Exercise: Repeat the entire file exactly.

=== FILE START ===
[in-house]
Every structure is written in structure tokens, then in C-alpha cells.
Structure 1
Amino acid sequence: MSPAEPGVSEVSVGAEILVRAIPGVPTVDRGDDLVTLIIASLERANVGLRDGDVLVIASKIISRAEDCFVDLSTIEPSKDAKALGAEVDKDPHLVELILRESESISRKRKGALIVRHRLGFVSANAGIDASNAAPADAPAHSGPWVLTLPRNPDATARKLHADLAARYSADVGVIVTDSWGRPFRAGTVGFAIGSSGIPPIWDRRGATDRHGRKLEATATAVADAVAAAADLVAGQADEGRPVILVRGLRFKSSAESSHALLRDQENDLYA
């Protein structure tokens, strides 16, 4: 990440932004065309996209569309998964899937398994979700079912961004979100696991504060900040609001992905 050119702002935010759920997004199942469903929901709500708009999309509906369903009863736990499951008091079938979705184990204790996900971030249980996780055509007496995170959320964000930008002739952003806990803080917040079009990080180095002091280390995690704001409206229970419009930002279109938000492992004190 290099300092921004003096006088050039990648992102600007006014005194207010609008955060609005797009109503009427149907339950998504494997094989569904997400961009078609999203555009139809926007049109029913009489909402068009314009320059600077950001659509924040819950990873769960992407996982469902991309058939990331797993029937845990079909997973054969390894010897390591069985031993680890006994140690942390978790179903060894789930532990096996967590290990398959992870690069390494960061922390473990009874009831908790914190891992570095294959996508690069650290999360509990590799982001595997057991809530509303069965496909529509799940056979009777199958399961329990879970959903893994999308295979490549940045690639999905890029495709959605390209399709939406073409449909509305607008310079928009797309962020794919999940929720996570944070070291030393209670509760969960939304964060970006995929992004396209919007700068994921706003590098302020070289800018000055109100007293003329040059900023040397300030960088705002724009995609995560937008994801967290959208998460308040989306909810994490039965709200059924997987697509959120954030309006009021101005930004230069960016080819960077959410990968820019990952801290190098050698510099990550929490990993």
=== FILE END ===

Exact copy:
[in-house]
Every structure is written in structure tokens, then in C-alpha cells.
Structure 1
Amino acid sequence: MSPAEPGVSEVSVGAEILVRAIPGVPTVDRGDDLVTLIIASLERANVGLRDGDVLVIASKIISRAEDCFVDLSTIEPSKDAKALGAEVDKDPHLVELILRESESISRKRKGALIVRHRLGFVSANAGIDASNAAPADAPAHSGPWVLTLPRNPDATARKLHADLAARYSADVGVIVTDSWGRPFRAGTVGFAIGSSGIPPIWDRRGATDRHGRKLEATATAVADAVAAAADLVAGQADEGRPVILVRGLRFKSSAESSHALLRDQENDLYA
């Protein structure tokens, strides 16, 4: 990440932004065309996209569309998964899937398994979700079912961004979100696991504060900040609001992905 050119702002935010759920997004199942469903929901709500708009999309509906369903009863736990499951008091079938979705184990204790996900971030249980996780055509007496995170959320964000930008002739952003806990803080917040079009990080180095002091280390995690704001409206229970419009930002279109938000492992004190 290099300092921004003096006088050039990648992102600007006014005194207010609008955060609005797009109503009427149907339950998504494997094989569904997400961009078609999203555009139809926007049109029913009489909402068009314009320059600077950001659509924040819950990873769960992407996982469902991309058939990331797993029937845990079909997973054969390894010897390591069985031993680890006994140690942390978790179903060894789930532990096996967590290990398959992870690069390494960061922390473990009874009831908790914190891992570095294959996508690069650290999360509990590799982001595997057991809530509303069965496909529509799940056979009777199958399961329990879970959903893994999308295979490549940045690639999905890029495709959605390209399709939406073409449909509305607008310079928009797309962020794919999940929720996570944070070291030393209670509760969960939304964060970006995929992004396209919007700068994921706003590098302020070289800018000055109100007293003329040059900023040397300030960088705002724009995609995560937008994801967290959208998460308040989306909810994490039965709200059924997987697509959120954030309006009021101005930004230069960016080819960077959410990968820019990952801290190098050698510099990550929490990993």